Thursday, August 19, 2010

Immigration Bankruptcy: A Novel Solution to a Divisive Issue?

Posted By on Thu, Aug 19, 2010 at 5:04 AM

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John Lamb is floating a great idea with a terrible name (though the name kind of gets across what he's aiming for, so maybe it's not so terrible). The idea: Design some kind of "immigration bankruptcy" proceedings. In other words, let's create a way for people to get into the system and become legal under court supervision.

They're hashing out details in the comments over there, if you're interested — and I think this is exactly the kind of important immigration discussion we need to have as a community. People are here; they're contributing to society; they have jobs, kids, pay taxes. How do we help them set things right in a way that isn't too disruptive?

Regular bankruptcy allows a person who has screwed up financially to get a fresh start. Is it too much to ask that people who screw up with regards to immigration can't have the same chance? Or that kids who were brought here have a way to stay in the country they've lived in most of their lives?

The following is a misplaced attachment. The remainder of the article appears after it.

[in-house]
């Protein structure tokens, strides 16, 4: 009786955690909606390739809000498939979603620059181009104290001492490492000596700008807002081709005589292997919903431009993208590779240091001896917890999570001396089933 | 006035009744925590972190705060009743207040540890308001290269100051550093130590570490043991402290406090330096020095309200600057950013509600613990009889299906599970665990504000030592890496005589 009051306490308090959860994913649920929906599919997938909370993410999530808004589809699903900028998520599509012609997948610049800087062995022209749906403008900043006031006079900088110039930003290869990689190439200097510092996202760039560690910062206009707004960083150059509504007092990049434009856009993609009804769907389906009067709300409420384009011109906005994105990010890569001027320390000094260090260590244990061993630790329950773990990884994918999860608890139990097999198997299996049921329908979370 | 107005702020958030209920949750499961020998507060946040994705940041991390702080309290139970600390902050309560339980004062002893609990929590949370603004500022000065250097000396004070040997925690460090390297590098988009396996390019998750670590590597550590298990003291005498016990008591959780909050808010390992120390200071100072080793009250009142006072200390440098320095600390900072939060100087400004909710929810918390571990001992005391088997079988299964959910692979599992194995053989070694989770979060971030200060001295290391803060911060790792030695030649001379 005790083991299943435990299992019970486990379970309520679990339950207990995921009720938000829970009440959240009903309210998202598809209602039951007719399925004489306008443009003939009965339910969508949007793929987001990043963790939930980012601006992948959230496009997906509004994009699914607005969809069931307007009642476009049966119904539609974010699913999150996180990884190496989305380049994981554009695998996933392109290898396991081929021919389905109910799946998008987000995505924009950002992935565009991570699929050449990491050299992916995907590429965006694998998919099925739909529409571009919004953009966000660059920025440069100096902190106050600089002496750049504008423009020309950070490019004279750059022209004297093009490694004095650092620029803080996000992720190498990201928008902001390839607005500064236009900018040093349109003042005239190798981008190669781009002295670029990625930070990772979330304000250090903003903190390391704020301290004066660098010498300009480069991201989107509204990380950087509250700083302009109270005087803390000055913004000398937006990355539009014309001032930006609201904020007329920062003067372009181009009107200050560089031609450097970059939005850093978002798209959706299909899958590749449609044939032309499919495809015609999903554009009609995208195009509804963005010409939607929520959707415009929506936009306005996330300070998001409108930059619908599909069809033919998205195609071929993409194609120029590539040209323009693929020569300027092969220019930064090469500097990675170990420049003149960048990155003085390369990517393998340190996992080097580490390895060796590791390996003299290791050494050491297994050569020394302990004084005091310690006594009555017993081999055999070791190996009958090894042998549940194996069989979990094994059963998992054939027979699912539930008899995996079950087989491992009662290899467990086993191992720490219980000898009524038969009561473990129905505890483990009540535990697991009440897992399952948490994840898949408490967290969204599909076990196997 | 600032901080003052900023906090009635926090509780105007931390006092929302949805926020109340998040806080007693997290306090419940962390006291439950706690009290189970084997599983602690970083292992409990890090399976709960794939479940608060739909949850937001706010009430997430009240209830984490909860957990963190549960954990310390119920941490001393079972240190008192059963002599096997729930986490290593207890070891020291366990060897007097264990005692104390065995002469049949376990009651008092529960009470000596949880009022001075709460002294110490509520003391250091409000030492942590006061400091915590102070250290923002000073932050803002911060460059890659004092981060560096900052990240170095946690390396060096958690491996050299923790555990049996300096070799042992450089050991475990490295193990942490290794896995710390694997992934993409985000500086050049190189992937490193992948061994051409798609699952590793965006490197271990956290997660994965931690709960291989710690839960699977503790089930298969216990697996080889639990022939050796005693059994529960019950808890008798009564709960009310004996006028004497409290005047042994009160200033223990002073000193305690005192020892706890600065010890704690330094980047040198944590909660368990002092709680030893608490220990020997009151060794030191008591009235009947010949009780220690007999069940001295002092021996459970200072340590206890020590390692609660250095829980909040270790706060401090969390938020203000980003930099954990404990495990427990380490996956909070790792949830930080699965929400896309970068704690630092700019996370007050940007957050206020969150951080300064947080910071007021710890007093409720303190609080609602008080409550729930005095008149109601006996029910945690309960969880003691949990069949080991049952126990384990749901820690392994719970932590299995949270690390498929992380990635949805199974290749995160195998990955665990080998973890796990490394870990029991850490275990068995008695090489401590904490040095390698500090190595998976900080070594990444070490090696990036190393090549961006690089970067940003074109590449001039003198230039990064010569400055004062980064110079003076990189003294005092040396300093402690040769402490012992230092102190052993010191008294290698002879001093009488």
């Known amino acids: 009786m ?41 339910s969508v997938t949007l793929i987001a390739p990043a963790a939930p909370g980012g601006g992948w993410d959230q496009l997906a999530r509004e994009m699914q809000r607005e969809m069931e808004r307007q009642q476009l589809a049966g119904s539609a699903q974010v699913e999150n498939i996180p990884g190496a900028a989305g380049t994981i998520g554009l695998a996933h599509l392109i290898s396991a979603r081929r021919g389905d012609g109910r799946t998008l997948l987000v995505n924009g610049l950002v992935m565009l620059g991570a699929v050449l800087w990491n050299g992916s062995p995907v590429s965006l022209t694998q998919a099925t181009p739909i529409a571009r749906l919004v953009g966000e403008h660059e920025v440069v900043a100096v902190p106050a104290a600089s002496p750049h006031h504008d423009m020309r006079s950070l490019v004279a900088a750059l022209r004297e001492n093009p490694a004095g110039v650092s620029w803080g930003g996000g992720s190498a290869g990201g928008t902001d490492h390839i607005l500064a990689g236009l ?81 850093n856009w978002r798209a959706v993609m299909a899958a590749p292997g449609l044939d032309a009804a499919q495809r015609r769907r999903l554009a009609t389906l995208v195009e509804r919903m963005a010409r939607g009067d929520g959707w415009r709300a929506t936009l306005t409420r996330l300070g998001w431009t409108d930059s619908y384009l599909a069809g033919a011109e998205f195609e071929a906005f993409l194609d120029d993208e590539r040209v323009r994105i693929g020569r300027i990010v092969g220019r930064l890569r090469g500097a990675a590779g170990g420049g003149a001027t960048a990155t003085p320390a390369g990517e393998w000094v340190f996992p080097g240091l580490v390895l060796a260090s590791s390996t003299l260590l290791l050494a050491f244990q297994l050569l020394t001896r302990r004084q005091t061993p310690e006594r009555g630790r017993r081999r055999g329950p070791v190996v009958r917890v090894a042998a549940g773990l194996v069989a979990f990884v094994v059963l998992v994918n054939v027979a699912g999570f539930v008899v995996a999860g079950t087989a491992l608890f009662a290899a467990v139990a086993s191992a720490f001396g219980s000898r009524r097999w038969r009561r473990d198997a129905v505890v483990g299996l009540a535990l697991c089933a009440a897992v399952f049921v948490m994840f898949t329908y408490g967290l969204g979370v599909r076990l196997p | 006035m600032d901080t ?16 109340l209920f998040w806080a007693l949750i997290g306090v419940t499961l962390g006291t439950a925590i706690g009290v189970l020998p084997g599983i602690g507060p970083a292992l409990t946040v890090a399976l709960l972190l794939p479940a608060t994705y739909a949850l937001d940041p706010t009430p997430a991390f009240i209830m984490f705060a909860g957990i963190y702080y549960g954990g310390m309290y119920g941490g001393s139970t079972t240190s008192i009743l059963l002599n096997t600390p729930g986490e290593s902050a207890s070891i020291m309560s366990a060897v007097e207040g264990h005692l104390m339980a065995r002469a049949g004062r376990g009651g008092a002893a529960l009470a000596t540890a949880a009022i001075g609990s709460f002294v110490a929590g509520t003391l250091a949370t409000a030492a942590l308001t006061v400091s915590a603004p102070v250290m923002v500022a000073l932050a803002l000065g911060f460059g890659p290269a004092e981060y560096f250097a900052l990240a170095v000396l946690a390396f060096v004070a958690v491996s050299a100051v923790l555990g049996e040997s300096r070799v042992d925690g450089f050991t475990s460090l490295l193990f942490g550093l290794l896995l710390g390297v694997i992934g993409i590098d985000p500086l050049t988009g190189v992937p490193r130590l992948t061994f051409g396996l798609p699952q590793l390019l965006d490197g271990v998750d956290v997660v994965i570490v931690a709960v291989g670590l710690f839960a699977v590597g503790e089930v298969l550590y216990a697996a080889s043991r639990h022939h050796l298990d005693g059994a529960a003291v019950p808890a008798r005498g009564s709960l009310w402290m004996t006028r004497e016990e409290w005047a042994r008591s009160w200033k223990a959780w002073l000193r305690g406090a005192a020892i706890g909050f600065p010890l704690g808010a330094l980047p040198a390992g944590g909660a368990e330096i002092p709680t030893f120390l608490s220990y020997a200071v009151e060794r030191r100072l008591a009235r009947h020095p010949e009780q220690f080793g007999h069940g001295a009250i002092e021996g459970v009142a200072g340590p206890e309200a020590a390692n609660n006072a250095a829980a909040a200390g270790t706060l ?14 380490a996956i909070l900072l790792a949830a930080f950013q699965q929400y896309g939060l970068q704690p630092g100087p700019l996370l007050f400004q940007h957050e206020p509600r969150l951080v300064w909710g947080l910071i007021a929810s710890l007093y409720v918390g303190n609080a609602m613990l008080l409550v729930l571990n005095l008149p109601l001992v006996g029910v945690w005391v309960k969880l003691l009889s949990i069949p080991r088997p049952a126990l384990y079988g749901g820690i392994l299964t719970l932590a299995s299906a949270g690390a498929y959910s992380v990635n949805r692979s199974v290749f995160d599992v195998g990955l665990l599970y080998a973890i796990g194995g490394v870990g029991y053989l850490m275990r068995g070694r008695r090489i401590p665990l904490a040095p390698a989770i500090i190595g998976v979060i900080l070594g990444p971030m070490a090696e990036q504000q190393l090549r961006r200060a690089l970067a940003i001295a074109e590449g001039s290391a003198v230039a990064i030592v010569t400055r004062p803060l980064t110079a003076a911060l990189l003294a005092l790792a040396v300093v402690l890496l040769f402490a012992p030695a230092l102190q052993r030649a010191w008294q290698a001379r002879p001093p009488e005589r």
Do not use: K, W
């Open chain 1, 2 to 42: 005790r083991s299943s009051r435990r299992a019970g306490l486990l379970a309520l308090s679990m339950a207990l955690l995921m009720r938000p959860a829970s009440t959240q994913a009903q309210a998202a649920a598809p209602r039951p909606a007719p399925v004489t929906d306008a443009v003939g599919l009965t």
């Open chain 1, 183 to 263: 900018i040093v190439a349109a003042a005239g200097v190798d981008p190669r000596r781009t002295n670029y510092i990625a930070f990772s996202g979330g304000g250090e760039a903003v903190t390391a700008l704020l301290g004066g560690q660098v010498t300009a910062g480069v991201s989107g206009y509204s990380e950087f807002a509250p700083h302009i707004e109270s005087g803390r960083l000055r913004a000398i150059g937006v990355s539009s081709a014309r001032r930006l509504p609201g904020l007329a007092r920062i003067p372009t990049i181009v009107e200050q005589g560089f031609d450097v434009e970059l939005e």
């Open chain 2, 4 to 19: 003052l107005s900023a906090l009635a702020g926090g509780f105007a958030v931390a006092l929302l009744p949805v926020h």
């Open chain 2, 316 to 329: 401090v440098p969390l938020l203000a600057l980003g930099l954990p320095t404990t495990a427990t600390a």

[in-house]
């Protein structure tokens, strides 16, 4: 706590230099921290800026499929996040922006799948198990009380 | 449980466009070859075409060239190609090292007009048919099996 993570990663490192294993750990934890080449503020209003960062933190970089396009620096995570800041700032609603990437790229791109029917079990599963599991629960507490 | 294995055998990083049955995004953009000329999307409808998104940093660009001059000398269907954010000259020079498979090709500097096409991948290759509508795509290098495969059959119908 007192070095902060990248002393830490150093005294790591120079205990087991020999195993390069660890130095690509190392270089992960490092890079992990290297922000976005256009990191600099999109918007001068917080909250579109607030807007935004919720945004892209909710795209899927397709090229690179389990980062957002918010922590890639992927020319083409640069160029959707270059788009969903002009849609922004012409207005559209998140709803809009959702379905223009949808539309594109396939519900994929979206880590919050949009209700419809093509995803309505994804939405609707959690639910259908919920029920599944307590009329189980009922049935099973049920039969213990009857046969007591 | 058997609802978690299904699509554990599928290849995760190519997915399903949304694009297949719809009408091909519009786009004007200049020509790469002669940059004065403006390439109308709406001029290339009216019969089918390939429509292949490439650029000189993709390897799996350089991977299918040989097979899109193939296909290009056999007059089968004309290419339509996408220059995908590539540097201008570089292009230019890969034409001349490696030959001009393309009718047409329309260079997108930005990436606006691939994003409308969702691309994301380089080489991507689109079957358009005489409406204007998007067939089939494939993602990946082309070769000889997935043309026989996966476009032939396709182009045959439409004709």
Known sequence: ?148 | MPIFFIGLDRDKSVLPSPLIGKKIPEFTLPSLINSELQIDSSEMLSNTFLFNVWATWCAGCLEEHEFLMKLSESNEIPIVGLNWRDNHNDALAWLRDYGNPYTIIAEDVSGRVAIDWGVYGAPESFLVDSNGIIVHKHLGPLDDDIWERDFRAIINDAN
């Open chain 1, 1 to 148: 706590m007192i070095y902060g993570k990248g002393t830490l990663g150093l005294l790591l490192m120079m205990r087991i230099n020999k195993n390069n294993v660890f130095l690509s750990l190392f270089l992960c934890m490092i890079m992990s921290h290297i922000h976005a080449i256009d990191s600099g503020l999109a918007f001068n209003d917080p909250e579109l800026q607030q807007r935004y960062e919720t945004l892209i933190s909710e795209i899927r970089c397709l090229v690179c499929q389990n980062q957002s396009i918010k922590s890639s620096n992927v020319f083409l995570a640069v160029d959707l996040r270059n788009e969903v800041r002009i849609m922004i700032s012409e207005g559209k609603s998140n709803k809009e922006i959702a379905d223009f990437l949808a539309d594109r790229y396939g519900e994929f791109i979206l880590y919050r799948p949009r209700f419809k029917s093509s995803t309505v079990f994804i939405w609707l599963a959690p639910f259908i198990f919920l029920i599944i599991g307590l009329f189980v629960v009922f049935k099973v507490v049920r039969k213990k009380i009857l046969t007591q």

It's funny, just on a side note, what the concept of "anchor babies" has behind it. In real life, having a baby in the U.S. while you're here illegally provides no benefit. It doesn't make it easier for you to stay, nor more likely that you can become a citizen. But most people think we live in a nation that wouldn't dick over a child that hard. It's easier to believe that having a baby here gives you some "unfair" advantage than it is to face the fact that we separate parents from their children and/or regularly "deport" U.S. citizens just because they're children.

Something like "immigration bankruptcy" isn't actually that radical, when you realize how most Americans think the system works. It just brings our beliefs about the inherent fairness of our country in line with the truth.

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